There are a number of important public comments in the record documenting the Ducey Administration’s slipshod implementation of worker safety regulations in Arizona. Below is among the most informative of the comments:
Establishing and adopting occupational safety and health standards is fundamental to OSHA enforcement. Enforcement of such standards is the keystone to protecting employees from exposure to hazards shown by research and experience to be harmful to employees.
As established by Congress in the 1970 OSH Act, states are allowed to form an OSHA-approved state plan provided they develop and enforce standards that are “at least as effective” as those established by OSHA. Adopting OSHA safety and health standards, when they apply, is not optional and must be completed in 6 months.
Additionally, adopting OSHA directives such as operation manual updates, inspection emphasis programs, and enforcement procedures is also important to maintaining an effective state plan.
As indicated by OSHA, the Industrial Commission of Arizona (ICA) failed to adopt in a timely manner, or even at all, several major OSHA standards and compliance directives.
When the ICA fails, or delays, to adopt new safety standards and directives as required, workers under its jurisdiction are denied protections afforded by Congress. In the case of OSHA’s silica standard, the ICA adopted it some 27 months after OSHA was already enforcing it in states under Federal OSHA.
Simply, ADOSH cannot enforce standards before and until the ICA adopts them. To claim that ADOSH is at least as effective as OSHA when it has not adopted or created equal or better occupational safety and health standards to enforce is preposterous.
Other workplace safety & health responsibilities the State leadership failed to meet:
- The ICA failed to promulgate OSHA-required occupational safety & health standards and to cooperate with Federal OSHA to maintain the state plan as effective as the OSHA program as required by Arizona Revised State (A.R.S.) 23-405.
- The ICA frequently deleted citations before issuance after the initial burden of proof was established and, in some cases, severely reduced monetary penalties.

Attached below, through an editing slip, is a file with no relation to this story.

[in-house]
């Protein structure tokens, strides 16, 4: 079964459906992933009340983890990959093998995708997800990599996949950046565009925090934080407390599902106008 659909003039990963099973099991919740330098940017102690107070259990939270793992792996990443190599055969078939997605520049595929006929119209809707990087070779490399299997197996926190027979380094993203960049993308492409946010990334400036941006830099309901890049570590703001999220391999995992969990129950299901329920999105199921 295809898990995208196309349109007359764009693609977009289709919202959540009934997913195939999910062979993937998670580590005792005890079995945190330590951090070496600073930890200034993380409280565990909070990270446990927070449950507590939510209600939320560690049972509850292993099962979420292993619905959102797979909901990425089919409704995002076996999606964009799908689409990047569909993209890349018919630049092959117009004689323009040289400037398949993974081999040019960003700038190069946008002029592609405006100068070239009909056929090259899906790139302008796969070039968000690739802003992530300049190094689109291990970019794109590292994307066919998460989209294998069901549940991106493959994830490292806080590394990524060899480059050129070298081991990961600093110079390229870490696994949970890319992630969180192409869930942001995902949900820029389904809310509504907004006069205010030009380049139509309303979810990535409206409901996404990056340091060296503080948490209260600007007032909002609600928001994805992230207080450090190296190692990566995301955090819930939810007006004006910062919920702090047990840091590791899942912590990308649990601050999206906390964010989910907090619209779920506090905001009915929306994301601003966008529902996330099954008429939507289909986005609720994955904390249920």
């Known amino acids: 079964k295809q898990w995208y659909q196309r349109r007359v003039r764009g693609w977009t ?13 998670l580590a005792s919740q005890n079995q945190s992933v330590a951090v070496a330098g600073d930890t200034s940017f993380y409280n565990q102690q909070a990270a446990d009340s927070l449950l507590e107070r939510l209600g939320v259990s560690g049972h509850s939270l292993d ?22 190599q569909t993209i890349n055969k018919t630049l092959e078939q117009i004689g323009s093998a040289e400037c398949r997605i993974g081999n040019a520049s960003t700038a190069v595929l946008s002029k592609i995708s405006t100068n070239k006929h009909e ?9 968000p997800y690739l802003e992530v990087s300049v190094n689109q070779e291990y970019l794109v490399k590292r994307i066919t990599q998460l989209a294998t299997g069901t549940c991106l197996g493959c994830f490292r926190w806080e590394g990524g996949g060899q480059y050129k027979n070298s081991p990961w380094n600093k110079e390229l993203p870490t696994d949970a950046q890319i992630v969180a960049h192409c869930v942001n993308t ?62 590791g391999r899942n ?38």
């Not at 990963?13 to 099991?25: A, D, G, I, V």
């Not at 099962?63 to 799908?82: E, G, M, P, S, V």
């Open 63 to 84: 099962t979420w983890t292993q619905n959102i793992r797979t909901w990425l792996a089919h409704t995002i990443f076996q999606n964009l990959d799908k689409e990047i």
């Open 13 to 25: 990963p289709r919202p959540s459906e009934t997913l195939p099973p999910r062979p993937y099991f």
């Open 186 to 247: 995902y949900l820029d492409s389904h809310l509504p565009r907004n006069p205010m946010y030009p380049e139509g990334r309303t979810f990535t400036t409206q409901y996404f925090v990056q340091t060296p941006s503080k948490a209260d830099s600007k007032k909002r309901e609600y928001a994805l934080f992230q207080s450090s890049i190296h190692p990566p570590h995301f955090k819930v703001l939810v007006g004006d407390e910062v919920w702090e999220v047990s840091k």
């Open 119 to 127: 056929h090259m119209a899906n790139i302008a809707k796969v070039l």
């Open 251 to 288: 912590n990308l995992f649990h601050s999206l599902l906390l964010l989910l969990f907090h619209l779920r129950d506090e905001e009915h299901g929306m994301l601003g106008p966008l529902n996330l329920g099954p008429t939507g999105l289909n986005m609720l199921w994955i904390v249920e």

- The ICA Commission was composed of four members instead of five as required by A.R.S. 23-401 for the better part of six of the last seven years. (Stacking the Commission to ensure diminished enforcement?)
- Workplace safety & health enforcement inspections conducted by ADOSH fell from 1,218 in 2017 to 540 in 2020. The agency completed 530 inspections in 2019. ADOSH’s inspection goal in 2020 was 1,295.**
- Serious, willful, and repeat workplace safety violations issued by ADOSH fell from 1,003 in 2017 to 444 in 2020.*
- The number of safety and health compliance inspectors at ADOSH fell from 24 in 2017 to only 17 in 2020.**
The obvious conclusion: Arizona State leadership has failed to fully protect Arizona workers as required. Revocation of final approval and reinstatement of Federal concurrent authority in Arizona is warranted. Concurrent enforcement should remain in place until such time as State leadership clearly demonstrates the will to correct its deficiencies and maintain performance of at least the most fundamental requirements.
The fact that such action is warranted at all is a travesty. Retaining exclusive local jurisdiction over occupational safety & health enforcement provides several advantages to Arizona in terms of service and responsiveness. The privilege should have been better safeguarded by State leadership.
The State leadership’s performance in the issues discussed demonstrates a low regard for the rights of Arizona workers as guaranteed by Congress. It also reflects disdain for Arizona lawmakers who previously worked to establish the State Plan and maintain the privilege. Regardless, Arizona’s performance in enforcing occupational safety and health is unacceptable and must be immediately corrected if the Act is to mean anything at all.
Here are some additional substantive comments in the public record. Here are some anonymous comments from likely ADOSH insiders: https://www.regulations.gov/
Link to current comments: https://www.regulations.gov/